Mahershala Ali “Green Book”
Role: Real-life jazz pianist Don Shirley, who embarks on a risky concert tour of the South.
In his favor: This is Ali at his most urbane, but not far under that sophisticated shell he reveals a painful awareness of his character’s place in pre-Civil Rights Act Dixie. (G/S/B, Globes winner)
Then again: He won this award just two years ago; the Academy might want to spread the spoils around.
Role: Flip Zimmerman, who covers for his black colleague in a perilous ruse.
In his favor: Driver’s earnest deadpan serves him well, both as an empathetic co-worker who has his own skin in the game, and in his role-within-a-role as an unrepentant racist. An impressive twofer. (G/S/B)
Then again: It might be tone-deaf to honor the white man in a film called “BlacKkKlansman.”
“A Star Is Born”
Role: Bobby Maine, brother and manager to a rock star.
In his favor: That voice, a growl so iconic that Bradley Cooper strove to emulate it. Elliott plays Bobby as a stoic punching bag who tells the truths that need to be told. And he’s an old-school actor’s actor of the type the Academy loves to honor. (S)
Then again: He’s eclipsed by the power of the two lead performances.
Richard E. Grant
“Can You Ever Forgive Me?”
Role: Jack Hock, an outcast’s partner in crime and booze.
In his favor: This is a guy you’d love to hang out with, and Grant plays him with unbridled mirth. Swooping in and out of Lee Israel’s orbit, he puts a manic veneer on the loneliness that binds them. His AIDS diagnosis lands as a gut punch to Lee, and to us. (G/S/B)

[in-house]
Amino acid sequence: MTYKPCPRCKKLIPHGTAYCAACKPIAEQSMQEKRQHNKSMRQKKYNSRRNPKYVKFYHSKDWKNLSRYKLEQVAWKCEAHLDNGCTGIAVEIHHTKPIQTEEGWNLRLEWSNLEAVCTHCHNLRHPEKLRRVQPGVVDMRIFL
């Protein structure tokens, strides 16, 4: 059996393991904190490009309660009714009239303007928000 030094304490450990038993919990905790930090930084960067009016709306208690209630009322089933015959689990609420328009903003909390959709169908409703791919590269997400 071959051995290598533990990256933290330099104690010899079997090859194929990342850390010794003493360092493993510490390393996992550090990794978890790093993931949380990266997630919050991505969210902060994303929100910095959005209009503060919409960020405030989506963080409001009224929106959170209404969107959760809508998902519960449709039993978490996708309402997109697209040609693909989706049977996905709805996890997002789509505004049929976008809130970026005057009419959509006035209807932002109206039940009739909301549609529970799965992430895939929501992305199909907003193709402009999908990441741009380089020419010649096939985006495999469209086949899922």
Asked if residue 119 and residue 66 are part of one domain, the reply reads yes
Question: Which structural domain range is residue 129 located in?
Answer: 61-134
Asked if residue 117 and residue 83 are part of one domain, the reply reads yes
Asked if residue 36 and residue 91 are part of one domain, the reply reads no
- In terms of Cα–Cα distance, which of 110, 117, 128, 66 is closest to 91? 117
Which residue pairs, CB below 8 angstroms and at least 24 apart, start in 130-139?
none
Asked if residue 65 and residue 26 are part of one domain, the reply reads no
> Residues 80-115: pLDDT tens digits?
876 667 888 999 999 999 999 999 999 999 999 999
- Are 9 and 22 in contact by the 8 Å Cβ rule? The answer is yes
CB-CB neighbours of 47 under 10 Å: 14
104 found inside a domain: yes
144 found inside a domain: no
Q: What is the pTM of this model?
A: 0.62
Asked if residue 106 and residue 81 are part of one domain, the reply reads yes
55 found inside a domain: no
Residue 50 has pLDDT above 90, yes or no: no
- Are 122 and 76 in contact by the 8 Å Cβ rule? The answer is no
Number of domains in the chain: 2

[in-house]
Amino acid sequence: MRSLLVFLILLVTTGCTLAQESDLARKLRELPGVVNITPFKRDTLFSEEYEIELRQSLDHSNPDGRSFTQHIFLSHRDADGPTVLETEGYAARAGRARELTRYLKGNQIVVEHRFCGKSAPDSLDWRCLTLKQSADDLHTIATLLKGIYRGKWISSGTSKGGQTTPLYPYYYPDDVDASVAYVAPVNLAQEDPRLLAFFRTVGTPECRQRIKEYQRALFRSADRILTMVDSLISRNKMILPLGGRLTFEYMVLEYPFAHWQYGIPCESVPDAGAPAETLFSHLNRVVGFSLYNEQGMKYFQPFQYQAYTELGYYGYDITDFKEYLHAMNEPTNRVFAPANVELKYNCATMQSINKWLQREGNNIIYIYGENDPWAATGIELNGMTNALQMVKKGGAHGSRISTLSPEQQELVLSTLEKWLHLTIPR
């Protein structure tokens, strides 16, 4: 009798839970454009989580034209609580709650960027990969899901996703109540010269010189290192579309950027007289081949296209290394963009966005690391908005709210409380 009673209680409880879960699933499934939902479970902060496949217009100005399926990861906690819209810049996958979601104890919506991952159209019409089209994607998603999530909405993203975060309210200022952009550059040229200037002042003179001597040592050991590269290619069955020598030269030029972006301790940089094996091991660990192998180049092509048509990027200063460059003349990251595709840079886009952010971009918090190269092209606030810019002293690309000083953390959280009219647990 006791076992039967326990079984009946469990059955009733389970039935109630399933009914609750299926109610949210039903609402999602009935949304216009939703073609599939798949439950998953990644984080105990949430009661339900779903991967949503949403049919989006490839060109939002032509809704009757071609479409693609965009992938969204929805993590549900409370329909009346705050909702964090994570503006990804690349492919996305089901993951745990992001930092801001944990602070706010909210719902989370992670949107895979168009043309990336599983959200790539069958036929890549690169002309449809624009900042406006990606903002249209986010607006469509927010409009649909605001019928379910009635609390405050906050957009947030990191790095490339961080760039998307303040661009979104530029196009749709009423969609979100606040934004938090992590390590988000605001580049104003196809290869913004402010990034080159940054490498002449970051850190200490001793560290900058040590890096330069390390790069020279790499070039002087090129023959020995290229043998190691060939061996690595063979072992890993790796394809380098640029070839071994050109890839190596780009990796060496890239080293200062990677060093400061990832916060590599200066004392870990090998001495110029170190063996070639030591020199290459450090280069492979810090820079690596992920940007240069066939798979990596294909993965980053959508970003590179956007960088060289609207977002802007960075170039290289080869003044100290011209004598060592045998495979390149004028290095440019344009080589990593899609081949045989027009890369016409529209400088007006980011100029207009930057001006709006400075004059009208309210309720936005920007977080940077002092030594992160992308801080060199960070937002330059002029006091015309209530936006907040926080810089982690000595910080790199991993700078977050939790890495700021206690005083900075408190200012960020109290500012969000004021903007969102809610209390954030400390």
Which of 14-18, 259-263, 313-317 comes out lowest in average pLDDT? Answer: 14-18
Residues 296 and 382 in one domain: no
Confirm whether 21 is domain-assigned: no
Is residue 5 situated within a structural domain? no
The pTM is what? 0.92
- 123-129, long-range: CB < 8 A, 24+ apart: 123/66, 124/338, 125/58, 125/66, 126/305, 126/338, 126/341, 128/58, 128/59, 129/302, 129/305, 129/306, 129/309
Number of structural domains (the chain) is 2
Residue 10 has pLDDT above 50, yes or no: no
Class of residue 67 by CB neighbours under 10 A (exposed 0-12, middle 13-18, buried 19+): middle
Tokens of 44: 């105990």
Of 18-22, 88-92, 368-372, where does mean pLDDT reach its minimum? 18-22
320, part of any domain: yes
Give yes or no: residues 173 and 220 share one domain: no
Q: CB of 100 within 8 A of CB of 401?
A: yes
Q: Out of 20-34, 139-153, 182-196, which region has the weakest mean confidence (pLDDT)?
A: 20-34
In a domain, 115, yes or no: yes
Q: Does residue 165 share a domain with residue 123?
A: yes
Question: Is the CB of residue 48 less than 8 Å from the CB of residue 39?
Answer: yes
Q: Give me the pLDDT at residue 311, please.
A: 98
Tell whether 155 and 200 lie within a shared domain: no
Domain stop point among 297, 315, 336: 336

Then again: Is the jolly gay best friend stereotype played out?
Role: George W. Bush, president of the United States.
In his favor: In a word, he’s a hoot. With his faux-sincere squint and meandering drawl, he gives Bush a good ol’ boy’s air of genial cluelessness — but also political shrewdness, even with pork rinds hanging from his lip. (G/B)
Then again: Could he pull off back-to-back victories? It’s a feat almost as rare as a father and son becoming president.
Michael B. Jordan
Role: Erik Killmonger, threat to Wakanda’s Prince T’Challa.
In his favor: He’s the straw that stirs the drink, the villain who sets the plot in motion. And he’s so charismatic you just can’t root against him.
Then again: “Black Panther” is such an ensemble effort, it seems unfair to single out any actor.